Appreciate you digging through that pastebin, I can only assume it was quite the endeavor.Curious ... never mind, for now.
I am mindful you are on your phone, so some of the links I suggest for reading/acting upon you may need to read later, and maybe bookmark some for when you are up and running.
IMO our focus should be in 3 areas -
- Establishing that what is on your USB stick is valid
- Once 1. is established, getting a Linux installed (Linux Mint 19.3 'Tricia' Cinnamon or other, regardless) so that...
- Your computer has an OS (operating system)
Clem - is Clement Lefebvre, born French, lives in Ireland - founder and CEO, Project Manager of Linux Mint
Devs - the Developers of our Linux Mint Distros
Distro - a distribution of GNU/Linux (Linux), such as Linux Mint, Ubuntu, Manjaro to name a few.
OS - operating system, can include MS Windows. Apple's Macintosh, GNU/Linux, BSD, Solaris, Unix and others.
Families - are groups of Linux distros, that are based on the Family of the same name, There are five (5) Major Families, plus a bunch of Independents and Others. The five are (not in order of preference or importance)
- Arch - eg Manjaro, Arcolinux, KaOS
- Debian - eg Linux Mint, Ubuntu, Robolinux, Peppermint
- RedHat aka RPM (Redhat Package Management system) - eg Fedora, centOS, Mageia, openSUSE
- Gentoo - eg Sabayon, Calculate
- Slackware - eg Puppy, Porteus
1. Establishing that what is on your USB stick is valid
I don't believe we established where you had gotten your downloaded .iso from. I would recommend from one of only 3 places -
If you haven't got your 'Tricia' from there, let us know from where.
- The distro website itself - eg Linux Mint linuxmint.com
- DistroWatch - distrowatch.com, who typically link to either of the distro website itself, or else
- SourceForge or other reliable source, such as DistroWatch links to when you click to download
Before you downloaded, or imediately after, you should have checked the .iso 's hashsum.
At linuxmint.com when you choose to download your distro, you will go to a page where it says, in part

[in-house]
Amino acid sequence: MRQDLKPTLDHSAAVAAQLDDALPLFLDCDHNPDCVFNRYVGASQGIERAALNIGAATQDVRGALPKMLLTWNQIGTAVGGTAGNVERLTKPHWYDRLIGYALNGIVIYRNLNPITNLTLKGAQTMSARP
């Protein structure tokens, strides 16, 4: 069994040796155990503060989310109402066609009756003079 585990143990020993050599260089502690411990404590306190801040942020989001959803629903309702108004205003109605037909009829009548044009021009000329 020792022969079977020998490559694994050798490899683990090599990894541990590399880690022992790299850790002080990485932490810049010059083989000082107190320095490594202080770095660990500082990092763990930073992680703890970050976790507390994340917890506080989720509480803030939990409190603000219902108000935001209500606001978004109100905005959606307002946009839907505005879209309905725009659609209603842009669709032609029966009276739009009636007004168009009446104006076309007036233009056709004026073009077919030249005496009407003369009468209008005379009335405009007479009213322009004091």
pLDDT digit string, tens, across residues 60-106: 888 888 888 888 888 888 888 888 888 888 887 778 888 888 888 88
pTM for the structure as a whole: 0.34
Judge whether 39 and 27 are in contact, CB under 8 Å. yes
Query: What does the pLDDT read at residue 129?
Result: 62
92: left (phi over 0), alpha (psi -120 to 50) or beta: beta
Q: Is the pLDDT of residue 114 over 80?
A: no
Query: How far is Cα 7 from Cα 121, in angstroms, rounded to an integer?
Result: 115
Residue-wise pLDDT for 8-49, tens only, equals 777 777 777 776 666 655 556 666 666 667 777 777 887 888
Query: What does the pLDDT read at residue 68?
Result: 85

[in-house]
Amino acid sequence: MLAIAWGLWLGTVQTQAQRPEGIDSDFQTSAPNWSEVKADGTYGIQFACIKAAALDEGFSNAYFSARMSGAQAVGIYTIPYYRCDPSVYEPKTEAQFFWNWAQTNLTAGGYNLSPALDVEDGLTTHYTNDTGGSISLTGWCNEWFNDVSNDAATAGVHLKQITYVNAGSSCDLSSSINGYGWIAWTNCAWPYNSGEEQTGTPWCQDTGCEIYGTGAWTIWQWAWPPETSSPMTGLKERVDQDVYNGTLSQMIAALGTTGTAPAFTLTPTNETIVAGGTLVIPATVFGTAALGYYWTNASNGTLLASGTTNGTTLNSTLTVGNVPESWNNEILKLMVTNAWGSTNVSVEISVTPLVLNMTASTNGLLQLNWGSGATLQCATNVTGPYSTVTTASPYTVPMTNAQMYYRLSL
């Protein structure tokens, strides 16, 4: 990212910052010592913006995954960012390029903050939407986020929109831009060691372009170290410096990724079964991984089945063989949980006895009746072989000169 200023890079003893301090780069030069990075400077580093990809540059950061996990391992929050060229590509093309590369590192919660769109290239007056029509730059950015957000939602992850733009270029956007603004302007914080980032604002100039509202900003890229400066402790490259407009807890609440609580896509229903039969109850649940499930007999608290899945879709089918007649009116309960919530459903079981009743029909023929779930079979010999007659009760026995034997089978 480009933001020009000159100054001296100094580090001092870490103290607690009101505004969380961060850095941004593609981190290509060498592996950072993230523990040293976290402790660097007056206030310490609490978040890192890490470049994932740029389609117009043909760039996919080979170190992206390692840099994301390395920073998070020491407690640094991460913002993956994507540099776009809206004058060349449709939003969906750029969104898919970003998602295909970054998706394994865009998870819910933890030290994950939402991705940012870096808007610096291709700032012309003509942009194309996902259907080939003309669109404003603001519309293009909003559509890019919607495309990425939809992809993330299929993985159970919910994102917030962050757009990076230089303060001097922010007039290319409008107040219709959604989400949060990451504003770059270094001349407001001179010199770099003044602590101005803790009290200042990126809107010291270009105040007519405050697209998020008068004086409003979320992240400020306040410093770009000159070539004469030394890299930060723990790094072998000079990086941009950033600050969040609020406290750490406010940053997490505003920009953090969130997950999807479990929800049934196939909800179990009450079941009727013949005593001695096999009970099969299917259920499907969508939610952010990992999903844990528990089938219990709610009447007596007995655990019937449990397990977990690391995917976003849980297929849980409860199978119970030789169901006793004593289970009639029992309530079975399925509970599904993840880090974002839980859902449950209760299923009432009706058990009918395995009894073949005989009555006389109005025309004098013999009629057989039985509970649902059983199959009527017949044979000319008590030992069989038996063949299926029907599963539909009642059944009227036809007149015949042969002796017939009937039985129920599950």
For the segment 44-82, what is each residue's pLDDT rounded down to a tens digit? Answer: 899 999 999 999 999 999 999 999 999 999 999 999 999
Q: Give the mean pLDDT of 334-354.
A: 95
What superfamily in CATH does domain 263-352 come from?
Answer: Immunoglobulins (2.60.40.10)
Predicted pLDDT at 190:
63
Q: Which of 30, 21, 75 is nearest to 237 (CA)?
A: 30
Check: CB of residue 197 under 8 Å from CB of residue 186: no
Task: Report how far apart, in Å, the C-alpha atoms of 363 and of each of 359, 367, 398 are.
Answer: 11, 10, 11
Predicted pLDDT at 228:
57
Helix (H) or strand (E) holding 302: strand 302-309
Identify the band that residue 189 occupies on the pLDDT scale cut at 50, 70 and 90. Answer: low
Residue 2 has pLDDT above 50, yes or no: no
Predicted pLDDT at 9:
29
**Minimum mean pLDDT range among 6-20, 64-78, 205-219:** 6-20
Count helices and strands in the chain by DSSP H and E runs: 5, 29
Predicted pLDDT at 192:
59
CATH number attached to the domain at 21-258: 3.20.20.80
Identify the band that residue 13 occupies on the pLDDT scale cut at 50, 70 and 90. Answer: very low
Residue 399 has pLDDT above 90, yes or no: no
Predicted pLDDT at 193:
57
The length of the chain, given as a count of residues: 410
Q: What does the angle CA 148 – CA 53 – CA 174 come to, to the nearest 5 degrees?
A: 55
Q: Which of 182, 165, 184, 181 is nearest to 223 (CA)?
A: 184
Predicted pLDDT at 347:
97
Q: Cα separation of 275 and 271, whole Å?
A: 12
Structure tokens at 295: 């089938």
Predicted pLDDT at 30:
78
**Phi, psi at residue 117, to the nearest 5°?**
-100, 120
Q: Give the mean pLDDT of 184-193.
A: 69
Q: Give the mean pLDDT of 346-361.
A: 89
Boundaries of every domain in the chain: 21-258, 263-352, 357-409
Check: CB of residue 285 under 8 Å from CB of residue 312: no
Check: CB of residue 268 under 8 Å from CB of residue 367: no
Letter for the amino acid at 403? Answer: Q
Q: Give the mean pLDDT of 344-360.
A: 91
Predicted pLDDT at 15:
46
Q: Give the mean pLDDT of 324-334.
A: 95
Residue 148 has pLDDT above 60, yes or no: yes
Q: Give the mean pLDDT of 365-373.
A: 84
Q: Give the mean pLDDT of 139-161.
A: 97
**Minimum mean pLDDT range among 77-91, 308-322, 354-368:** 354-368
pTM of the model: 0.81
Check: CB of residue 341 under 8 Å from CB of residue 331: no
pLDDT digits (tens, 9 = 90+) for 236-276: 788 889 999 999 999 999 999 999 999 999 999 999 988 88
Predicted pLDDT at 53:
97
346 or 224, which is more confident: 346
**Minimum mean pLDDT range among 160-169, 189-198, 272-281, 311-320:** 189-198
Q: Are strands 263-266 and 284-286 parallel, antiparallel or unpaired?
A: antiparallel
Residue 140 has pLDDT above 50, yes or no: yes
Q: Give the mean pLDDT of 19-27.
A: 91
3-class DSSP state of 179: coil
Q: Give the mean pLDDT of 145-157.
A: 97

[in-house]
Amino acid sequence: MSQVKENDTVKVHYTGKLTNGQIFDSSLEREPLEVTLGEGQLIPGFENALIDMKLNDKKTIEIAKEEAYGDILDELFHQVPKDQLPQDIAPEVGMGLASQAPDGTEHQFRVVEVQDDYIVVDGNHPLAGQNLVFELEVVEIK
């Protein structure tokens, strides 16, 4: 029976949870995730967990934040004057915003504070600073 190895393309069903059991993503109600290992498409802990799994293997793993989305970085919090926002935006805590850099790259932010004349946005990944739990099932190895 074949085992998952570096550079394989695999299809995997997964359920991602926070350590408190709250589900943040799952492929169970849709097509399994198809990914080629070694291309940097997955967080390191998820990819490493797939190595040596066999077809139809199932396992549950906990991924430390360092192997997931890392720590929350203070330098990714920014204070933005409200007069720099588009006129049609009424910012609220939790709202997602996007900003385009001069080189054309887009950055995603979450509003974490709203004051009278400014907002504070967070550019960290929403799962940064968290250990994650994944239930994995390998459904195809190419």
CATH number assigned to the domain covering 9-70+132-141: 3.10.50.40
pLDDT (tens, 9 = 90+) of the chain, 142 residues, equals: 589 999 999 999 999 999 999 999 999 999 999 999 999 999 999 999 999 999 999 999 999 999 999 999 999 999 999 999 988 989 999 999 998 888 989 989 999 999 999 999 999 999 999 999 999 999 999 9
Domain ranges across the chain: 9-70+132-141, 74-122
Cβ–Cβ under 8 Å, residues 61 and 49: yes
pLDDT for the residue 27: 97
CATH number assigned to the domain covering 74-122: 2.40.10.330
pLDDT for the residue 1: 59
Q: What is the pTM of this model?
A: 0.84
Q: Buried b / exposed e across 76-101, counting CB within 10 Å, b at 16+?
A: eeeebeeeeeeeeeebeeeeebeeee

You can check this in Windows, or in Macintosh, as well as Linux.
In Macintosh, go to its command line interface, establish the path to your .iso and enter eg
shasum -a 256 /path/to/file/linuxmint-19.3-cinnamon-64bit.iso
where for /path/to/file/ you substitute where it is located.
If you don't get the above figure, don't use the .iso.
GPG that Mint mentions is fine, but no need for now, I can explain more later.
2. Once 1. is established, getting a Linux installed (Linux Mint 19.3 'Tricia' Cinnamon or other, regardless) so that...
You may want to consider putting on a 32-bit Mint instead - just for now.
If you choose that option, you would just need to adjust the iso name and the SHA256 to match to reflect that (above instructions).
32-bit gets a bad rep - it simply has a few less apps, because some apps require 64-bit architecture and some software devs are no longer writing for 32-bit. Likewise some Distros are no longer supplying.
Mint is, for now.
From your Boot Repair output (Pastebin) it appears you have an ideal environment for Linux 64-bit, that is - UEFI support, and GPT partitioning.
However (unless you can find a switch in BIOS to flip from Legacy to UEFI) you are for now stuck with MBR (Master Boot Record). You can install a 32-bit Mint under MBR on your computer, and just follow the installer directions to use the entire disk.
That will ensure that
3. Your computer has an OS (operating system)
... and anything else you want we can leave to Ron (lateR on)
See what you reckon, have a think, ask questions, Google stuff.
I know these timezone differences are a nuisance.
We have any number of people who can help - I would just ask them to consider the plan I have suggested. Tweaking is fine.
BTW - if you choose to re-burn the .iso to the stick
1. Format to FAT32 (can be used on all OSes)
2. Try Etcher as a burning solution, or UnetBootin
... both cover Linux Windows and Mac.
Wasn't able to execute step 2 after torrenting 64 bit Mint Tricia/19.3 from the site direct, using the Mac command line to verify the iso and flashing with Balena etcher onto a clean reformatted FAT32 USB like you recommended.
When I attempted to boot the computer in UEFI, I get an error message in the upper left-hand pre-boot screen:
Failed to open \EFI\BOOT\mmx64.efi - Not Found
Failed to load image \EFI\BOOT\mmx64.efi: Not Found
Failed to start MokManager: Not Found
Something has gone seriously wrong: import_mok_state() failed
This message only popped up when I had the flashed USB inserted, and I could not access the BIOS or the boot menu while it was inserted.
I threw the error message in my browser and found this forum thread:
Turns out it was a peculiarity of the Acer BIOS that prevented it from booting Mint in secure mode. I then looked at these articles:
Did you install Linux afresh or perhaps dual booted it and now system shows 'no bootable device' error while booting? Here's what you could do to fix the issue.
Secure boot may not allow you to boot from a bootable USB. Follow this simple tutorial with screenshots and learn to disable UEFI secure boot in Windows 10.
I was able to to disable secure boot and whitelist the Linux boot file needed to get Mint to boot. For now I can boot Mint without issue and use my computer as Lefebvre intended.
I appreciate all the help you've all given me, I hope this forum thread will help out other folks with similar issues!